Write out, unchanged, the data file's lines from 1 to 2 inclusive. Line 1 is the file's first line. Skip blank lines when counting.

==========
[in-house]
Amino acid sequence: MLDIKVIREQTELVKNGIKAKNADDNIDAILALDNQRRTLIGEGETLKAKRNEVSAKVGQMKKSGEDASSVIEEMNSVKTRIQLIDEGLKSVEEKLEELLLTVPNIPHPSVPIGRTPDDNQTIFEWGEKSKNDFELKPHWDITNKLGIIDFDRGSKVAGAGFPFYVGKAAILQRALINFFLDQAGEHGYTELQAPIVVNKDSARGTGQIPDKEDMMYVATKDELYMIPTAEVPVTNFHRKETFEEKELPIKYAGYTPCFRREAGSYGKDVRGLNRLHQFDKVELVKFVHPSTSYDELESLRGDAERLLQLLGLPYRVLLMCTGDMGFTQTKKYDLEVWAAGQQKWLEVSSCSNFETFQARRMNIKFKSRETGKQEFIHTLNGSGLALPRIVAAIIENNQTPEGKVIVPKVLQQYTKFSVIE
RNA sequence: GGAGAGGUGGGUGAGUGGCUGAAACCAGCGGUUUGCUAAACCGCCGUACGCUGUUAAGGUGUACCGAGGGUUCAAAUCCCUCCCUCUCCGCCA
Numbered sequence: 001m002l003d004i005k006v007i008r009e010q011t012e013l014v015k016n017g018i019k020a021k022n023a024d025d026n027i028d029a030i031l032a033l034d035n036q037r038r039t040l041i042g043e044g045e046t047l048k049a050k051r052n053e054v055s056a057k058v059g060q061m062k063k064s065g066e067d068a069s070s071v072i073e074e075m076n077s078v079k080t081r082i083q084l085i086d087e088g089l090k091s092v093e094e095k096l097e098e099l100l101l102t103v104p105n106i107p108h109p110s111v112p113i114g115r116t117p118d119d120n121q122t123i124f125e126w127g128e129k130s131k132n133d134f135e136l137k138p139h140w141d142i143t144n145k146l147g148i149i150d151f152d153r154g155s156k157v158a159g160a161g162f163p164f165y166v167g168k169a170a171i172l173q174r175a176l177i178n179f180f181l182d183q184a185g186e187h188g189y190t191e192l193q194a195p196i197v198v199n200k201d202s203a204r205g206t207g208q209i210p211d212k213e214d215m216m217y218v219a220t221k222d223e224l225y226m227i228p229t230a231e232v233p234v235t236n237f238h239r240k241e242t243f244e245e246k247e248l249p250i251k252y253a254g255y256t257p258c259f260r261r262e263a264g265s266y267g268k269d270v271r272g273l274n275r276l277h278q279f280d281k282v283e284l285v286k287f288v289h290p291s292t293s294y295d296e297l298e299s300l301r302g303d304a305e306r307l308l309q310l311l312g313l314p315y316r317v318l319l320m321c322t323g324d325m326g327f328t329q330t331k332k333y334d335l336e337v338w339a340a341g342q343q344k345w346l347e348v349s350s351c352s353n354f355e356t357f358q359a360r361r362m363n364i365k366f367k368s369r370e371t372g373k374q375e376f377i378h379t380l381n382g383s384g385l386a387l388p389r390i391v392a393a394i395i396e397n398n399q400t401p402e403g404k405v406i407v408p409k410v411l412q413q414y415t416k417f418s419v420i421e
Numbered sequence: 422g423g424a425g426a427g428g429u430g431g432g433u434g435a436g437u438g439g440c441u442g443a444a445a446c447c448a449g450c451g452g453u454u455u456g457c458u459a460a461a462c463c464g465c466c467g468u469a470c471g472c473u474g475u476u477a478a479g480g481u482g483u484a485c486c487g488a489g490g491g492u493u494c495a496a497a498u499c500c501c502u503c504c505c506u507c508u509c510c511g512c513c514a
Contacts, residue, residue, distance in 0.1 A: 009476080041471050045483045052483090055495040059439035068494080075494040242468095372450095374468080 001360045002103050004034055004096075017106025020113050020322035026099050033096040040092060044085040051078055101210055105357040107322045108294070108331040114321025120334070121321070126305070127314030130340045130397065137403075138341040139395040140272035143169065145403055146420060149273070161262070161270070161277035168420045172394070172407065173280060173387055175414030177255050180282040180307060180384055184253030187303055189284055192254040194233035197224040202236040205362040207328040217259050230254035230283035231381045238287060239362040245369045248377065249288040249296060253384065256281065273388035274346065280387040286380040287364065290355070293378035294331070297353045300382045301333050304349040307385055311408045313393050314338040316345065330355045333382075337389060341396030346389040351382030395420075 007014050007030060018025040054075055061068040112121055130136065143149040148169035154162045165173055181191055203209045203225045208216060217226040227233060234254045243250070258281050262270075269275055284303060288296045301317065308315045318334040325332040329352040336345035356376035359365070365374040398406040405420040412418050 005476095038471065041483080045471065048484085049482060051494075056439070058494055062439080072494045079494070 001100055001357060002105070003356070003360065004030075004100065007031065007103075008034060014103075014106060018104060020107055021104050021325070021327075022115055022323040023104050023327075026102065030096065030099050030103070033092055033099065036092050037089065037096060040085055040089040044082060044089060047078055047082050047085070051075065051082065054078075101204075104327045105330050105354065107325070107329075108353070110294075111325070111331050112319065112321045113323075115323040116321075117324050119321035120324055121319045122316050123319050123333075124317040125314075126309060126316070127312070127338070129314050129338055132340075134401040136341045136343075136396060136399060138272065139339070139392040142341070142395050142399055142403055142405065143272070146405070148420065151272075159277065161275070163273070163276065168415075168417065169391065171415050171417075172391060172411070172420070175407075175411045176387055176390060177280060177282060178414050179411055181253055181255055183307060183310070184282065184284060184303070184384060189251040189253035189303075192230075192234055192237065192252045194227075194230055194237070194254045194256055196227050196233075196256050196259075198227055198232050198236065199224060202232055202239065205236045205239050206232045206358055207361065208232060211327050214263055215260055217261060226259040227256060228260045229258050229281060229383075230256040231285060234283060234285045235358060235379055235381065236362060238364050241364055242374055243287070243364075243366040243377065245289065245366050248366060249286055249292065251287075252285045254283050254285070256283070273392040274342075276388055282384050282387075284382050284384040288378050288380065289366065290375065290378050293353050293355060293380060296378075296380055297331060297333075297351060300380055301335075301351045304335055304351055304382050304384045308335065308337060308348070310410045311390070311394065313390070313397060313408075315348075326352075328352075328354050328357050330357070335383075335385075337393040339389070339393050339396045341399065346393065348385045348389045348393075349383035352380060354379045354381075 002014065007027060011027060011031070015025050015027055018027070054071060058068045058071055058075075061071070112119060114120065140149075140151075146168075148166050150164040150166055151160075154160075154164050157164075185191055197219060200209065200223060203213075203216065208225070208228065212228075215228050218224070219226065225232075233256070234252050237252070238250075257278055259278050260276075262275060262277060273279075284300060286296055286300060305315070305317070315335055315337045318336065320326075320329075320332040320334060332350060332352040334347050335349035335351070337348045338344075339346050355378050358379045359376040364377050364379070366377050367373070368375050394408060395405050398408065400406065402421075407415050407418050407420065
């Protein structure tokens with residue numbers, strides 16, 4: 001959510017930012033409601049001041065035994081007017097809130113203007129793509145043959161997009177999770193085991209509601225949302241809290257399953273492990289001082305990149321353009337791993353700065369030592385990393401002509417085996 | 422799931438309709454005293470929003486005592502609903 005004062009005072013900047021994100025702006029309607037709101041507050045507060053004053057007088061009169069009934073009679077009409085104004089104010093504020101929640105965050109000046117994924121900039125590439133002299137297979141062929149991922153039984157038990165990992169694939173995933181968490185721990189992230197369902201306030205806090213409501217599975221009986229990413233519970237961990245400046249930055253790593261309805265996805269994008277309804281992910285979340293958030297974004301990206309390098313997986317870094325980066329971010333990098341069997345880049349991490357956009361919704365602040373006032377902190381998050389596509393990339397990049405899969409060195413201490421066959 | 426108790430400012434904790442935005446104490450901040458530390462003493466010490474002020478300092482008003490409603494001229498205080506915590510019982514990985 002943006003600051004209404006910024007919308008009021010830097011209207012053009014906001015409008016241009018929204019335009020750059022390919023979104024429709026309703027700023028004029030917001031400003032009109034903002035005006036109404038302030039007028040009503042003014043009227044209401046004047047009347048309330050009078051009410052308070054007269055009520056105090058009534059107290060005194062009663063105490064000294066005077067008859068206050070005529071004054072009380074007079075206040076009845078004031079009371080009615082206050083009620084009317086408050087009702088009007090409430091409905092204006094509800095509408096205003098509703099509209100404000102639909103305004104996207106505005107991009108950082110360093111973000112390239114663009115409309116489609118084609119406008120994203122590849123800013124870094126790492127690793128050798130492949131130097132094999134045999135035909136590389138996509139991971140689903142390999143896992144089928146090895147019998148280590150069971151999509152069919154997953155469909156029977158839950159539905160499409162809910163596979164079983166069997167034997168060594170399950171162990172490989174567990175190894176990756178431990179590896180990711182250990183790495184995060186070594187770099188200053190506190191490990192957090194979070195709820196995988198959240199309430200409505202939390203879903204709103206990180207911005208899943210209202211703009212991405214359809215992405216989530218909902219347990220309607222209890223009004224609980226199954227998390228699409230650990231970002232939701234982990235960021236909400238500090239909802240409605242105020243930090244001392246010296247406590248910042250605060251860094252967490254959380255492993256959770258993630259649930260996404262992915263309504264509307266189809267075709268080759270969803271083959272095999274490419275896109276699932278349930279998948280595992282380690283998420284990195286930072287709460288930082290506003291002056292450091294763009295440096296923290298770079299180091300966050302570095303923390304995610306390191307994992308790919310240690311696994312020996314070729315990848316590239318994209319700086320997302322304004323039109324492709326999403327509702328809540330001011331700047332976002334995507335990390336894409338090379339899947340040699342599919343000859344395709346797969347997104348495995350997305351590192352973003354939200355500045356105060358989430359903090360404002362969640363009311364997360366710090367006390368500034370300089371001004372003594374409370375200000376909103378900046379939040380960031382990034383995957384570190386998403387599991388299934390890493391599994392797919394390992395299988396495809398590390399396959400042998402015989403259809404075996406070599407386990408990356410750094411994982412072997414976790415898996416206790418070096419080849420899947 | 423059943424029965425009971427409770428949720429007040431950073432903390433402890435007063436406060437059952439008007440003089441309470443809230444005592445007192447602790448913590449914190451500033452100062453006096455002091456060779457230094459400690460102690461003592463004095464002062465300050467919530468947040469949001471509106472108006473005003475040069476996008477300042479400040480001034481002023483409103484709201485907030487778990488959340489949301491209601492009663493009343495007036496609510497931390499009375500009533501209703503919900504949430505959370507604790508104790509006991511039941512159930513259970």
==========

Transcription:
[in-house]
Amino acid sequence: MLDIKVIREQTELVKNGIKAKNADDNIDAILALDNQRRTLIGEGETLKAKRNEVSAKVGQMKKSGEDASSVIEEMNSVKTRIQLIDEGLKSVEEKLEELLLTVPNIPHPSVPIGRTPDDNQTIFEWGEKSKNDFELKPHWDITNKLGIIDFDRGSKVAGAGFPFYVGKAAILQRALINFFLDQAGEHGYTELQAPIVVNKDSARGTGQIPDKEDMMYVATKDELYMIPTAEVPVTNFHRKETFEEKELPIKYAGYTPCFRREAGSYGKDVRGLNRLHQFDKVELVKFVHPSTSYDELESLRGDAERLLQLLGLPYRVLLMCTGDMGFTQTKKYDLEVWAAGQQKWLEVSSCSNFETFQARRMNIKFKSRETGKQEFIHTLNGSGLALPRIVAAIIENNQTPEGKVIVPKVLQQYTKFSVIE